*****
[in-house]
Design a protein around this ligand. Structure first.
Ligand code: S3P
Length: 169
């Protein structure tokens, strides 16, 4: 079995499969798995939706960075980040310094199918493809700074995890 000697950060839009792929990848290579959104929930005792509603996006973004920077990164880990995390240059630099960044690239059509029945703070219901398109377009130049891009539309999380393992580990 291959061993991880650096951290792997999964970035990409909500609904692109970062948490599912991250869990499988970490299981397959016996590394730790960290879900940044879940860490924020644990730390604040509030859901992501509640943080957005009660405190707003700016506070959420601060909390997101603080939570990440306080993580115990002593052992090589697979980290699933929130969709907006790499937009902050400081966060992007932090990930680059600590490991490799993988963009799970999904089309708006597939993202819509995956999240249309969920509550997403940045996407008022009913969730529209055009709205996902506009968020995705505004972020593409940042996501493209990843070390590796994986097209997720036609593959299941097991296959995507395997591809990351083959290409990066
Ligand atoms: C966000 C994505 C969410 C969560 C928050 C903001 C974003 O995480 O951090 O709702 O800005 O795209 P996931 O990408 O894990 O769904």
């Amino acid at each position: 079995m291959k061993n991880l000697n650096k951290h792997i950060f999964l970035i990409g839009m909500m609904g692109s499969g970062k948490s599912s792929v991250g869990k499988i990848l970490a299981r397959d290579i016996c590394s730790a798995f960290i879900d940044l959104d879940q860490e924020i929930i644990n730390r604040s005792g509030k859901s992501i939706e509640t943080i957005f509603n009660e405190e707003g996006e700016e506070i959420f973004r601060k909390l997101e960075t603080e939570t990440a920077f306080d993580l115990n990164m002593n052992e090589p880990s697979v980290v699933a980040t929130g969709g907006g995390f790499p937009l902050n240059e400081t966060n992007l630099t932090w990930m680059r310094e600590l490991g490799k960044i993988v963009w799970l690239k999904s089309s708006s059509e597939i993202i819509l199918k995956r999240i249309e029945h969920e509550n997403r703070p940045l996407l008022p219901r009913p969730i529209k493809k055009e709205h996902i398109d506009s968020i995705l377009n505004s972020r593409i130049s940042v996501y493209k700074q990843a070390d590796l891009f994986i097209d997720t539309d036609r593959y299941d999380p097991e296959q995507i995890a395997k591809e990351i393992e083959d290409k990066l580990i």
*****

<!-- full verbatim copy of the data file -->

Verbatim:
[in-house]
Design a protein around this ligand. Structure first.
Ligand code: S3P
Length: 169
């Protein structure tokens, strides 16, 4: 079995499969798995939706960075980040310094199918493809700074995890 000697950060839009792929990848290579959104929930005792509603996006973004920077990164880990995390240059630099960044690239059509029945703070219901398109377009130049891009539309999380393992580990 291959061993991880650096951290792997999964970035990409909500609904692109970062948490599912991250869990499988970490299981397959016996590394730790960290879900940044879940860490924020644990730390604040509030859901992501509640943080957005009660405190707003700016506070959420601060909390997101603080939570990440306080993580115990002593052992090589697979980290699933929130969709907006790499937009902050400081966060992007932090990930680059600590490991490799993988963009799970999904089309708006597939993202819509995956999240249309969920509550997403940045996407008022009913969730529209055009709205996902506009968020995705505004972020593409940042996501493209990843070390590796994986097209997720036609593959299941097991296959995507395997591809990351083959290409990066
Ligand atoms: C966000 C994505 C969410 C969560 C928050 C903001 C974003 O995480 O951090 O709702 O800005 O795209 P996931 O990408 O894990 O769904």
């Amino acid at each position: 079995m291959k061993n991880l000697n650096k951290h792997i950060f999964l970035i990409g839009m909500m609904g692109s499969g970062k948490s599912s792929v991250g869990k499988i990848l970490a299981r397959d290579i016996c590394s730790a798995f960290i879900d940044l959104d879940q860490e924020i929930i644990n730390r604040s005792g509030k859901s992501i939706e509640t943080i957005f509603n009660e405190e707003g996006e700016e506070i959420f973004r601060k909390l997101e960075t603080e939570t990440a920077f306080d993580l115990n990164m002593n052992e090589p880990s697979v980290v699933a980040t929130g969709g907006g995390f790499p937009l902050n240059e400081t966060n992007l630099t932090w990930m680059r310094e600590l490991g490799k960044i993988v963009w799970l690239k999904s089309s708006s059509e597939i993202i819509l199918k995956r999240i249309e029945h969920e509550n997403r703070p940045l996407l008022p219901r009913p969730i529209k493809k055009e709205h996902i398109d506009s968020i995705l377009n505004s972020r593409i130049s940042v996501y493209k700074q990843a070390d590796l891009f994986i097209d997720t539309d036609r593959y299941d999380p097991e296959q995507i995890a395997k591809e990351i393992e083959d290409k990066l580990i």